SPIRO: Tim Horan’s BHW is rugby’s answer to doping cheats

Spiro Zavos Columnist

By , Spiro Zavos is a Roar Expert

 , , ,

72 Have your say

    Wallaby glory against Wales came with an All Black twist (AAP Image/Joe Castro)

    Related coverage

    Years ago the Wallaby’s doctor, Dr John Best, like his name one of the best in the business, told me that when he started he asked the players to put all the pills, vitamins, capsules, supplements and so they were taking on a table in front of him.

    The table was quickly covered with lotions and potions of every shape and colour. Dr Best very quickly stopped the players from taking anything or any treatment that was not a 100 per cent approved and legitmate. Anything the players took had to come to Dr Best for his approval.

    This estimable attitude has prevailed, it seems to me, in Australian rugby since then.

    If you look on the ARU’s website you’ll find an article, an injunction essentially, titled: Anti-Doping: Get Educated. The article gives players, coaches and administrators access to the ASADA e-learning program, a core of six 15-minutes modules available to ‘those who want to be a Pure Performance Supporter.’

    This sort of initiative builds on the work of sports doctors like Dr Best and is a justified reaction to those dreadful times when the doping efforts in East European countries (and later in countries like the USA) contaminated the Olympic sports, and then other major sports like cycling, baseball and gridiron.

    The vigilance against doping in contact sports like rugby union, rugby league and Australian Rules Football is an obvious given. We have seen, say, in rugby the size of the players and their speed increase significantly since professionalism started in 1996.

    The bigger and faster the players the more intense the collisions. Sir Clive Woodward, the coach of the 2003 England Rugby World, told me that some of the collisions on a rugby field have the force of a major car crash.

    Within the last 10 years there were rumours of some star players (not in Australia or New Zealand) using creatine to bulk up their generally frail frames into a wiryness that made them competitive in Test rugby.

    There are extensive testing programs in Tests and in the RWC tournaments. A handful of players have been caught out.  There now has to be an unforgiving attitude to those who breach the guidelines and practices.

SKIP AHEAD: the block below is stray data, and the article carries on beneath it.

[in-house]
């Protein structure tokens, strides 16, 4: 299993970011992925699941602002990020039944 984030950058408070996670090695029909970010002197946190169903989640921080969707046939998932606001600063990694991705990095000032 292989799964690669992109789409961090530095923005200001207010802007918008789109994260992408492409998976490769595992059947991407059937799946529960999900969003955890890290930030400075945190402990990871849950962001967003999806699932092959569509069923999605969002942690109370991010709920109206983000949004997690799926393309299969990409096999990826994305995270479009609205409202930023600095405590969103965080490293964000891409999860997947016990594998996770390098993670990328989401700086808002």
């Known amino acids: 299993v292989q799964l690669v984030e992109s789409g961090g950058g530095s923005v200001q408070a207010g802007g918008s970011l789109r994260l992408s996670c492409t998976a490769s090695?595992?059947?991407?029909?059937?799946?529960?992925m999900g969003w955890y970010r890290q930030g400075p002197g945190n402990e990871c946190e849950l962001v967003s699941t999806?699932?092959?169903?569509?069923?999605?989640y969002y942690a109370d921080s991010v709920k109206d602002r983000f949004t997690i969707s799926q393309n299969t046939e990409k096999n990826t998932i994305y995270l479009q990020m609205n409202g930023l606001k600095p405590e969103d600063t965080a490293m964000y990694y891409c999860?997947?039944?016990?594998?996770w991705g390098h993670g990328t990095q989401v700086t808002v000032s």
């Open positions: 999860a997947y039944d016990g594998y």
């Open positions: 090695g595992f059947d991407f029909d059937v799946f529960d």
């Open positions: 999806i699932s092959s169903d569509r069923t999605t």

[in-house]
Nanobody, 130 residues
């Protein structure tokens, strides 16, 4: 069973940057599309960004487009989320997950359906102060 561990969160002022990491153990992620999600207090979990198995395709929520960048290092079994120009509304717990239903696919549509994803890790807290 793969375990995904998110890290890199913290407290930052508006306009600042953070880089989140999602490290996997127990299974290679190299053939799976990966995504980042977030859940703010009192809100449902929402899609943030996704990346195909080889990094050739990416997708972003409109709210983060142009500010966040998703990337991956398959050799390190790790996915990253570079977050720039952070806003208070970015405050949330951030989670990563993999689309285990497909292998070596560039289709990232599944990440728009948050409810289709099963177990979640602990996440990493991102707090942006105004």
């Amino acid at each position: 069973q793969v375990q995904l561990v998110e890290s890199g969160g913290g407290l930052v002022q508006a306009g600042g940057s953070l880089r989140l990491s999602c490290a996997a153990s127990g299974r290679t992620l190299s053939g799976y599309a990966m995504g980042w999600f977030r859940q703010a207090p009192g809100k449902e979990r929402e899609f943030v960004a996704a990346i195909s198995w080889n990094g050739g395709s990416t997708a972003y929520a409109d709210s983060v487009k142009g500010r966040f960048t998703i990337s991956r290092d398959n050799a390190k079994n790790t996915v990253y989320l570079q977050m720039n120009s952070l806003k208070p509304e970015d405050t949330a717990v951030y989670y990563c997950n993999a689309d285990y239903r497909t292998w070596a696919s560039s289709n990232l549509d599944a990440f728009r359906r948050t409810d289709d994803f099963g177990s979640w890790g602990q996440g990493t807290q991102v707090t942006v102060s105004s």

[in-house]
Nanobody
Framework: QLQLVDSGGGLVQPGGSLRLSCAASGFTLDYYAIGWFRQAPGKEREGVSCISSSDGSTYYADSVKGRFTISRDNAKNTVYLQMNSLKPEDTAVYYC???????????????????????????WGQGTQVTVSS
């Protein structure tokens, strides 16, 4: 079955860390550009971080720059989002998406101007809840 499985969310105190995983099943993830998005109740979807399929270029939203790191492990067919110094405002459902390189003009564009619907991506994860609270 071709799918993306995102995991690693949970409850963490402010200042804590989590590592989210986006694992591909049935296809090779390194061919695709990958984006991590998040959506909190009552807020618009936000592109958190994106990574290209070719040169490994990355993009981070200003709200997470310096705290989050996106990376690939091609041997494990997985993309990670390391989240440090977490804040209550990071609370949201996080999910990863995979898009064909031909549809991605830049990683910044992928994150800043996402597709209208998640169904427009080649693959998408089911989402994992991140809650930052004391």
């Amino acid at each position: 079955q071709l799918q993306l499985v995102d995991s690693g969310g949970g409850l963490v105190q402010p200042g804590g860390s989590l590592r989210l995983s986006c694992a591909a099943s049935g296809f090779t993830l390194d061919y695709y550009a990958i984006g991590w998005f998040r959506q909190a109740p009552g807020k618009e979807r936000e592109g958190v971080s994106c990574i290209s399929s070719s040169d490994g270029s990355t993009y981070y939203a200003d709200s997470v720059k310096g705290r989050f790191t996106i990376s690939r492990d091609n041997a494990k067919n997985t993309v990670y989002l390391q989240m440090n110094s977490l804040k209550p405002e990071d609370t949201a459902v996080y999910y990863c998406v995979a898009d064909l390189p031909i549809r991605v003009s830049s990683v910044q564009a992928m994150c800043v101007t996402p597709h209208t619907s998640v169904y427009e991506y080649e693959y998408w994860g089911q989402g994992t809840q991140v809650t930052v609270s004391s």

The reaction to the Australian Crime Commission’s revelation of a couple of leading players has been encouraging, in that it shows that the players seem to have got the message that you don’t meddle with products of dubious origin and intention.

    Quade Cooper, for instance, makes the point that ‘if you take anything like that (supplements) in your mouth, it is at your own risk … For me, it is not worth taking something that could jeopardise my whole career.’ Well said!

    And Drew Mitchell, like Cooper, a player who has had his share of injuries: ‘Once guys  … go outside the team recommendations … that’s when it starts getting a little blurred … We’re well educated in that sense. Ignorance is not acceptable.’

    And Tim Horan, a Wallaby hero who played a blinder in the semi-final of the 1999 RWC tournament against the Springboks with an upset stomach and a piece of toast for sustenance (no pills or supplements!), has put out this tweet: ‘What’s going on with drugs in sports these days? What about taking BHW tablets #BloodyHardWork.’

    I read recently that professional cycling was one of the biggest sports in Sydney at the beginning of the 19th century, drawing huge crowds to its events and getting massive coverage in the local newspapers. But when it became clear that race-fixing and drug-taking were rampant in the sport, that the sport was  ‘rotten to the core,’ the public enthusiasm for the sport collapsed.

    The challenge for rugby administrators, players and coaches (and for the other major sports, of course) is to ensure that this corruption of the contest never takes place.

    Spiro Zavos
    Spiro Zavos

    Spiro Zavos, a founding writer on The Roar, was long time editorial writer on the Sydney Morning Herald, where he started a rugby column that has run for nearly 30 years. Spiro has written 12 books: fiction, biography, politics and histories of Australian, New Zealand, British and South African rugby. He is regarded as one of the foremost writers on rugby throughout the world.